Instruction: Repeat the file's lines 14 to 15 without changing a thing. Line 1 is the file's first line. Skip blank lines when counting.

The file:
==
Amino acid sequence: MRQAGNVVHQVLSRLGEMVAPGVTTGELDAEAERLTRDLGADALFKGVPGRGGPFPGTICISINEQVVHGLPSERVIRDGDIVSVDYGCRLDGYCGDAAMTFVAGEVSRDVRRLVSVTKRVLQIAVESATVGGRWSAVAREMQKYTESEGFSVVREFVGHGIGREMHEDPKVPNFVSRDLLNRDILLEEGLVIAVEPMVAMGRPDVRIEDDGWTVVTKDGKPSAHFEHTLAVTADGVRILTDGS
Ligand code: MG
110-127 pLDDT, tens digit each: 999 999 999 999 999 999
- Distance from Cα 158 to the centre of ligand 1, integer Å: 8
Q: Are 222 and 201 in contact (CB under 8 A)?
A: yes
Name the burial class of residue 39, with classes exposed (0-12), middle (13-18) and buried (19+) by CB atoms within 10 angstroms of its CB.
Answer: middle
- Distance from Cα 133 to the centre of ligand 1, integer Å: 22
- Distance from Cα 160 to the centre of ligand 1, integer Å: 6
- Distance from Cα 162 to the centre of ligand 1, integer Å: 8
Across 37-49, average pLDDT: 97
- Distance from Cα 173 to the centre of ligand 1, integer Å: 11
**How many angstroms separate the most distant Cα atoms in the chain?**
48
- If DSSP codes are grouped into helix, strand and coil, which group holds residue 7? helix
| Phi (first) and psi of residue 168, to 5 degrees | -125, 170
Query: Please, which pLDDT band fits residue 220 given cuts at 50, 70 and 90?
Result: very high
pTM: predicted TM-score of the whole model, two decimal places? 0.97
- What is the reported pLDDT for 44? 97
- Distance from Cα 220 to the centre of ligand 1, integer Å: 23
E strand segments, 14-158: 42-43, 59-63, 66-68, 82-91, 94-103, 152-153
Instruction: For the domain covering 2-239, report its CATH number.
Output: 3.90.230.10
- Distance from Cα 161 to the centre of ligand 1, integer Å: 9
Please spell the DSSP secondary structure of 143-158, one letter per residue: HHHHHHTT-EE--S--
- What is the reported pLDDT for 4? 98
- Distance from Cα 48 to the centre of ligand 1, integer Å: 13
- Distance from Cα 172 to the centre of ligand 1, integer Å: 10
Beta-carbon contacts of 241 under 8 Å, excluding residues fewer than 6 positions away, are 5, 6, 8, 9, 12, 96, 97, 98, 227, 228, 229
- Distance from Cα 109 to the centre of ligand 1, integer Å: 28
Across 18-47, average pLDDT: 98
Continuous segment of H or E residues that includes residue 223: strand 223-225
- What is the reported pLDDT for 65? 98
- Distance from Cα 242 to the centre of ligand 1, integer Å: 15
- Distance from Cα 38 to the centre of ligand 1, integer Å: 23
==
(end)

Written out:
**How many angstroms separate the most distant Cα atoms in the chain?**
48